Since the 2016 recall was announced, the company has reportedly destroyed 420,000 returned dressers and provided an additional 1.05 million anchoring kits to consumers. Consumer advocates claim that Ikea’s dressers, specifically the MALM line, are responsible for 10 deaths in recent years.

An Ikea representative indicated that many additional dressers sold, estimated to be around 17.3 million bureaus, were likely either anchored with the included tip-restraints following their purchase, or have been discarded. Following the 2016 recall, Ikea offered full refunds or free anchoring repair kits for all 17.3 million chests, dressers, or bureaus sold in the U.S. since 1985. The company contends that since the recall was identified it has aggressively promoted the warnings to consumers through various means including national television campaigns, direct emails to consumers identified as having purchased the recalled products, as well as advertisements in-store and online.

Safety advocates, however, believe that millions of unstable and unsafe Ikea dressers remain in use today, with many consumers left ill-informed of the potential dangers. Several used models of the recalled dressers are available via online resale sites such as eBay and Craigslist, without any mention of the product recall.

The first tip-over death caused by an Ikea dresser reportedly occurred in 1989. The timeline between the first accident and the eventual recall was one of the major focal points of the courtroom proceedings by the attorneys representing the plaintiffs in an effort to prove negligence and culpability for the wrongful death of the child.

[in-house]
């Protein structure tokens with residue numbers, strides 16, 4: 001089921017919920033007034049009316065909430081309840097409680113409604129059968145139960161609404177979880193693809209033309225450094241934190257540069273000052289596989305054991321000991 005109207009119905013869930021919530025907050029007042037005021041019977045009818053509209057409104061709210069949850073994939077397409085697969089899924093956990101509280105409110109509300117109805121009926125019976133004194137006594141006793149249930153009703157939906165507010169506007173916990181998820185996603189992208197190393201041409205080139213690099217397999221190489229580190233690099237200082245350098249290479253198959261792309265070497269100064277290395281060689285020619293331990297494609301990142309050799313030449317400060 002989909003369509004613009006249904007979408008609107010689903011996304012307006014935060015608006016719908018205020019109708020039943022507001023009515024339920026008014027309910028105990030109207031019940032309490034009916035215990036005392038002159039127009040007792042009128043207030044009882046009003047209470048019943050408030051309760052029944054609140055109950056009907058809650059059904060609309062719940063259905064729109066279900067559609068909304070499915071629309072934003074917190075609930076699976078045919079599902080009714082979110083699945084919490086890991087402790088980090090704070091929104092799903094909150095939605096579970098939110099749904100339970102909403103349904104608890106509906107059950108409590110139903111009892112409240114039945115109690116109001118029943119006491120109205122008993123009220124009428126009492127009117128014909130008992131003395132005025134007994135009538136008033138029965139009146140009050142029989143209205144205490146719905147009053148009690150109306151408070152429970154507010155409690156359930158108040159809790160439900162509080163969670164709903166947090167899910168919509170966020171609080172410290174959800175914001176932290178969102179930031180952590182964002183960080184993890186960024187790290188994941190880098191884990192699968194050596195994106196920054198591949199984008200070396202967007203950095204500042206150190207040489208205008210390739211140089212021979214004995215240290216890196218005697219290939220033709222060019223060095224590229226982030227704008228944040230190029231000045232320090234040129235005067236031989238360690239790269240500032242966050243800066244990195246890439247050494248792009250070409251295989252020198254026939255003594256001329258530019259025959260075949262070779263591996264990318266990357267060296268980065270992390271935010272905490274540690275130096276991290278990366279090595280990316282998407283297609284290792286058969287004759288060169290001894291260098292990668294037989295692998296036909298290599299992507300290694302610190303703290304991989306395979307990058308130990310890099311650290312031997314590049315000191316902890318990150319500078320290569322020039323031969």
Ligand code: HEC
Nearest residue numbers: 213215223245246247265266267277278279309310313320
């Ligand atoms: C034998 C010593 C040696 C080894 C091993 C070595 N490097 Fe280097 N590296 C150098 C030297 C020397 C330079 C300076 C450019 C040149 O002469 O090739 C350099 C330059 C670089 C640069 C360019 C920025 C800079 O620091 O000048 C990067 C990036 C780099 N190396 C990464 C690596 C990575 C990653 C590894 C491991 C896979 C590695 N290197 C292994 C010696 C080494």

The U.S. Consumer Product Safety Commission reports that a child dies, on average, once every two weeks when a piece of furniture, television, or appliance falls forward on them. Additionally, the Commission reports that an adult is injured or killed every 24 minutes when any of the aforementioned products tips over.

For consumers concerned about the safety of their Ikea purchases, a full list of recalled products, along with instructions for how to participate in the recall is available via https://www.ikea-usa.com/saferhomestogether.

The recall allows consumers to either keep or return the item. However, safety advocates remain adamant that the dressers be removed from homes due to concerns that they could be used in the future by someone unaware of the recall. Ikea has confirmed that many of the recalled dressers can be returned for a full refund. Consumers can bring the dresser to any Ikea retailer, or Ikea has offered to come pick the product up at your home, free of charge. In most cases, a receipt is not required to take advantage of the recall.

Jozef’s mother, Joleen Dudek, issued a statement on Monday expressing that “We miss him so much,” and noting, “He would be turning 5 this year in April. We never thought that a 2-year-old could cause a short 30-inch dresser to tip over and suffocate him. It was only later that we learned that this dresser was designed unstable and did not meet safety standards and that this had happened to other little boys.”

Ikea issued a public statement following confirmation of the $46 million settlement, which said:

“While no settlement can alter the tragic events that brought us here, for the sake of the family and all involved, we’re grateful that this litigation has reached a resolution. We remain committed to working proactively and collaboratively to address this very important home safety issue. Again, we offer our deepest condolences.”